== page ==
Kara Swisher

Recent Posts by Kara Swisher

One More Election Prediction, From — No, Not Nate Silver or Karl Rove — SurveyMonkey

As you head to the polls right now, you might be inundated by all the pundits and polls and pontificating.

I know I am.

But here’s one more, from a source that is new to the game — Silicon Valley’s SurveyMonkey, which did its own election poll for the 2012 Presidential race. The company surveyed about 1.2 million people from Aug. 17 to Nov. 2.

Its goal?

“With this data, we seek to show that Internet data is as good as phone data (if not better) at assessing public opinion.”

This report embedded below is from the 600,000 people who responded to its poll from Oct. 3 through Nov. 2, and looks at the data in three different models, all excluding weekends and using a seven-day trailing sum. Interestingly, all three SurveyMonkey models show fewer swing states than other polls.

In the first, called a RAW look, with no weighting or correction, Republican candidate Mitt Romney wins; in a HOW “correction,” which corrects for sampling method, Democratic President Barack Obama wins in a squeaker; in the WHO correction, which corrects for sampling frame, Obama is a much clearer winner.

SurveyMonkey is going with the third one — WHO.

Said the company:

“Model #3 accounts for the differential of polled and actual voters without getting caught up in the pros and cons of an Internet sample in particular. It is similar, but not identical to what other pollsters are saying and has shown itself to be consistently ahead of the curve of other polls for the past month.”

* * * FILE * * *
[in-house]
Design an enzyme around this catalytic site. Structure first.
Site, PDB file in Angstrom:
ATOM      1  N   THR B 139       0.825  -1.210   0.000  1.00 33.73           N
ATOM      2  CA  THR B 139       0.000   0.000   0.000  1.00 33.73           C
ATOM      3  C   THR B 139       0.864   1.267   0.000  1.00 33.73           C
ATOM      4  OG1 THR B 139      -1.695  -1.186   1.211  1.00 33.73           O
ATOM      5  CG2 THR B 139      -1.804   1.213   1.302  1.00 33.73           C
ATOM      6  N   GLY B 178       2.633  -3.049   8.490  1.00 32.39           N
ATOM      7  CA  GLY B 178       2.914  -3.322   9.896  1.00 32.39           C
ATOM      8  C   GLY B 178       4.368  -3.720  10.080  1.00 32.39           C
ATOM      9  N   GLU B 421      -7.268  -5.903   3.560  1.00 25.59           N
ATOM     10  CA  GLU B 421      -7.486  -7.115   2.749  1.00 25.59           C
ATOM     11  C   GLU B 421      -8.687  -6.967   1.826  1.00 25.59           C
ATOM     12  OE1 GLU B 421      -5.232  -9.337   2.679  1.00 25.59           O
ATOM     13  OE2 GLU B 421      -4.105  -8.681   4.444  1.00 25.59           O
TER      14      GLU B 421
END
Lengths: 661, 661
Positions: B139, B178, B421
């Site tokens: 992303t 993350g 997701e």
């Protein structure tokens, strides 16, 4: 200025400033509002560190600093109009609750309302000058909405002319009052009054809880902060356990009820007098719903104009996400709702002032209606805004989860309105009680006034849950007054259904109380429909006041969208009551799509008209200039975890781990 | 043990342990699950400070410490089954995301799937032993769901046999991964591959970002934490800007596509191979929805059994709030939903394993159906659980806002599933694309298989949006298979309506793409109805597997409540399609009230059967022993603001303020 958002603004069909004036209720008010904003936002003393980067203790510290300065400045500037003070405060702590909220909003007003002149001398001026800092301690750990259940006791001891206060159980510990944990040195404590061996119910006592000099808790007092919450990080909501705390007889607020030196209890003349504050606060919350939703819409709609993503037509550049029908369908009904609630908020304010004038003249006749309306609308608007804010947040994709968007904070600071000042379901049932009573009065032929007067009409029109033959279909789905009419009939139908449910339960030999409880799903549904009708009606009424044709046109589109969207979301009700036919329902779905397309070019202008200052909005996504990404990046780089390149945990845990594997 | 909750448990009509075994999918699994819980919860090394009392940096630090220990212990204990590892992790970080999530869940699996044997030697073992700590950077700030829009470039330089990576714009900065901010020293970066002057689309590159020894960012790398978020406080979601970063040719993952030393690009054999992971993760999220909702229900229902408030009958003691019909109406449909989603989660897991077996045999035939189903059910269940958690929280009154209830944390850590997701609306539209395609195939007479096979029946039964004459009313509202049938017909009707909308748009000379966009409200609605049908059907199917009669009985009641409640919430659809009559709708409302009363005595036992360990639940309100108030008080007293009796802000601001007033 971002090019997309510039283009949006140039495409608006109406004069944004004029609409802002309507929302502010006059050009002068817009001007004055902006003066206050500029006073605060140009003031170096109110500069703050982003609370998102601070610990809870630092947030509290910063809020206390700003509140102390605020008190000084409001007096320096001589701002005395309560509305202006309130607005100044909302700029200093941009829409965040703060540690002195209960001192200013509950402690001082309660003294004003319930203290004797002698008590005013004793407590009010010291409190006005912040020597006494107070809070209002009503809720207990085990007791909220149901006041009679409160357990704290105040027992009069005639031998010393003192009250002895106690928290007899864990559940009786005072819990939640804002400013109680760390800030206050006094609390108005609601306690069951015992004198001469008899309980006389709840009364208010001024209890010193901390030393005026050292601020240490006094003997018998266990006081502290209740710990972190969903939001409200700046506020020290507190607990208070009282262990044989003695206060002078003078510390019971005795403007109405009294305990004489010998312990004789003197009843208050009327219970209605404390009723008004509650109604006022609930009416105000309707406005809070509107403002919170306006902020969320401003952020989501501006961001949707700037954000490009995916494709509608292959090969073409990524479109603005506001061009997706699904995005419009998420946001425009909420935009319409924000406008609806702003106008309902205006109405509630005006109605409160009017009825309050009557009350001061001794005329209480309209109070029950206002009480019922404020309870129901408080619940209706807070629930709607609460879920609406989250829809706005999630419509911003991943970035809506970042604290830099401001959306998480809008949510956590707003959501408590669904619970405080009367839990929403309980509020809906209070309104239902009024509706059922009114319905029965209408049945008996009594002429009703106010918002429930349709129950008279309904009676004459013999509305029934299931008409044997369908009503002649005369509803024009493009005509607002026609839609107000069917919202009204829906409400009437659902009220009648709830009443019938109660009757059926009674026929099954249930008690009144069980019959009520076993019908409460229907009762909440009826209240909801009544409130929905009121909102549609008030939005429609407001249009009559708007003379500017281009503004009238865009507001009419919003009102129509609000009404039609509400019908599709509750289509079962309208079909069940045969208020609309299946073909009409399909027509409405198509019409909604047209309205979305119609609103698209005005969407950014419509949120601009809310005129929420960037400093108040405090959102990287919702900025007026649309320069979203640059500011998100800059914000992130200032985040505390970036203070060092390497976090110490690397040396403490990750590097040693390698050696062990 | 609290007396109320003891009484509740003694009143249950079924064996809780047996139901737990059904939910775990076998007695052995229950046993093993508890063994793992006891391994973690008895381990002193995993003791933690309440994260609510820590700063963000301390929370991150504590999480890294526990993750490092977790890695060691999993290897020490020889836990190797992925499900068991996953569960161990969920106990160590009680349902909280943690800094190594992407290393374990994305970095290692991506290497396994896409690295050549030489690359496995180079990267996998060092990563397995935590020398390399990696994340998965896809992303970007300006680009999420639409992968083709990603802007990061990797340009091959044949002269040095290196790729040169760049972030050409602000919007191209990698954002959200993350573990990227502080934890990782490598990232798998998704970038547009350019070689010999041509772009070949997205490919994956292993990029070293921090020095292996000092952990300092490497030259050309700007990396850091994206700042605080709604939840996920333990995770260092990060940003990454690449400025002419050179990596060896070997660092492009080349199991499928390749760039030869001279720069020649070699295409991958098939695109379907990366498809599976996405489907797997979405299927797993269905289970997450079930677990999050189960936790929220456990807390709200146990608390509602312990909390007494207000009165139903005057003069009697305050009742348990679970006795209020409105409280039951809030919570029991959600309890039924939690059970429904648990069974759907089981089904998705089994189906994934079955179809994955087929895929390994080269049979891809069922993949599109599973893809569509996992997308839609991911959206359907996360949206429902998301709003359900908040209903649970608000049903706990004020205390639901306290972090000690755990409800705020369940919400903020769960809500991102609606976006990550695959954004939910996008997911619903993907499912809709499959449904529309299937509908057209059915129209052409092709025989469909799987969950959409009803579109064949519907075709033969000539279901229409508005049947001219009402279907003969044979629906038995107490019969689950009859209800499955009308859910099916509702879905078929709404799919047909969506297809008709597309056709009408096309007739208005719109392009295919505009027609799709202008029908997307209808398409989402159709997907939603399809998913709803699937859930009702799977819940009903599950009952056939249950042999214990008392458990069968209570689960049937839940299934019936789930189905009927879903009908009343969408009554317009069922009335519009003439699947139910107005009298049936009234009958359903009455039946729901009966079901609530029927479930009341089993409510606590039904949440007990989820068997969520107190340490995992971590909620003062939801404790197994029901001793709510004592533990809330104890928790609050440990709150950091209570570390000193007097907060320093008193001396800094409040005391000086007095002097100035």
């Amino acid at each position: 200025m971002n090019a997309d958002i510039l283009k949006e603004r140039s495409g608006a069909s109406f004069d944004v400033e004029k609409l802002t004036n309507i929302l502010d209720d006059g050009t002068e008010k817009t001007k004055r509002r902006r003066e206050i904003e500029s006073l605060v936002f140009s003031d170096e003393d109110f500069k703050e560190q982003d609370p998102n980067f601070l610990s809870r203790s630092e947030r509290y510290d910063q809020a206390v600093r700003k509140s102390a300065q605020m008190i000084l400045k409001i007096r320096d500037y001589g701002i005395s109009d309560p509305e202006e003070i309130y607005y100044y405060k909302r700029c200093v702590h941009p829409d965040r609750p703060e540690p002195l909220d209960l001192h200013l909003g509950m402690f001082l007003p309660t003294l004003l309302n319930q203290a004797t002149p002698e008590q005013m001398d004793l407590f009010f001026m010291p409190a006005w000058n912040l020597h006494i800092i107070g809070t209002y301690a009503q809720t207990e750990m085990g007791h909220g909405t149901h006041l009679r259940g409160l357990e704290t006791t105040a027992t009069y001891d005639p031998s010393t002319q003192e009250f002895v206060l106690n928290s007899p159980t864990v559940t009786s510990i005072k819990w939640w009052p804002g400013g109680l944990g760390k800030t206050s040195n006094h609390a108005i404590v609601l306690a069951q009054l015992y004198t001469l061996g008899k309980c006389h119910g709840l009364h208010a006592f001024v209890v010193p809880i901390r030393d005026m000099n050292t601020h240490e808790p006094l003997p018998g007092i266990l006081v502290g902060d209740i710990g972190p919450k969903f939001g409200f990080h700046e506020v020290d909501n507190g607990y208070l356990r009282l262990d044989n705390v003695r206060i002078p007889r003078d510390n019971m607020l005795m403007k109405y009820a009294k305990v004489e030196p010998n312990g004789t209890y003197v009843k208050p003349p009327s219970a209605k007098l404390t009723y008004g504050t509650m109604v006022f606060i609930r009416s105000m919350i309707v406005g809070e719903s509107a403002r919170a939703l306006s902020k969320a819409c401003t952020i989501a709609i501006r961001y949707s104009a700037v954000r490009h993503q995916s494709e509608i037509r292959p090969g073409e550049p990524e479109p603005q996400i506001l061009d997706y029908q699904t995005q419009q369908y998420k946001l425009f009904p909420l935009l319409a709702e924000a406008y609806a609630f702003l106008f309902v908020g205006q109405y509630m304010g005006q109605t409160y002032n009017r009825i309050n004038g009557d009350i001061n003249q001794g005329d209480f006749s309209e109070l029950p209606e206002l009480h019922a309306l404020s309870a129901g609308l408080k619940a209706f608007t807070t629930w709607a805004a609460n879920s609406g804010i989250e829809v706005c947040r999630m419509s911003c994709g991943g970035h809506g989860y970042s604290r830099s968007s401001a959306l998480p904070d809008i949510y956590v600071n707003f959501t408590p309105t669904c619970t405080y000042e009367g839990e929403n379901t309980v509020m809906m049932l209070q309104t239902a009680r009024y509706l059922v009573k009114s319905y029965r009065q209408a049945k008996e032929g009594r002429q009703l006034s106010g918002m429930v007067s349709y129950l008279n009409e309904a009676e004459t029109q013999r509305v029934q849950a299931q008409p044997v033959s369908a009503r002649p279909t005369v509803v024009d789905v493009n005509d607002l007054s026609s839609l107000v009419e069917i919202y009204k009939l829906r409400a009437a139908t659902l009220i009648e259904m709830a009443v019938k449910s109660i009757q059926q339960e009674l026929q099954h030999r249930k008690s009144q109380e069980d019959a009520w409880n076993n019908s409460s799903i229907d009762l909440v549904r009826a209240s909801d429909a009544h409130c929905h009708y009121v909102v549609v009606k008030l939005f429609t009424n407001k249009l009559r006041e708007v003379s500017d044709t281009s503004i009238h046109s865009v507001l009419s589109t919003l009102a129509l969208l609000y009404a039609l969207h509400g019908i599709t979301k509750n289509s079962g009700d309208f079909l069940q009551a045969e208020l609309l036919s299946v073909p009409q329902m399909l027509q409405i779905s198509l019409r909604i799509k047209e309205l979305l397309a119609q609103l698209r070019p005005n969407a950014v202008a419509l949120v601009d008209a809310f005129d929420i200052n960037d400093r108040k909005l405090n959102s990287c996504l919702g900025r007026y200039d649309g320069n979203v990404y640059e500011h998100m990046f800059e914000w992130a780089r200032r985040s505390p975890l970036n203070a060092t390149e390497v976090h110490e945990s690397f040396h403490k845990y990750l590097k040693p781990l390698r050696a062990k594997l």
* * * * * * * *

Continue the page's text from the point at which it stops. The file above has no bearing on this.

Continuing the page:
Well, we’ll all know soon enough, as the votes are counted in an election — which I think is the only safe prediction — in which the Internet plays a greater role than ever.

Until then, here’s the full SurveyMonkey report to chew over, as well as one on just the battleground states:

final models FINAL version


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Just as the atom bomb was the weapon that was supposed to render war obsolete, the Internet seems like capitalism’s ultimate feat of self-destructive genius, an economic doomsday device rendering it impossible for anyone to ever make a profit off anything again. It’s especially hopeless for those whose work is easily digitized and accessed free of charge.

— Author Tim Kreider on not getting paid for one’s work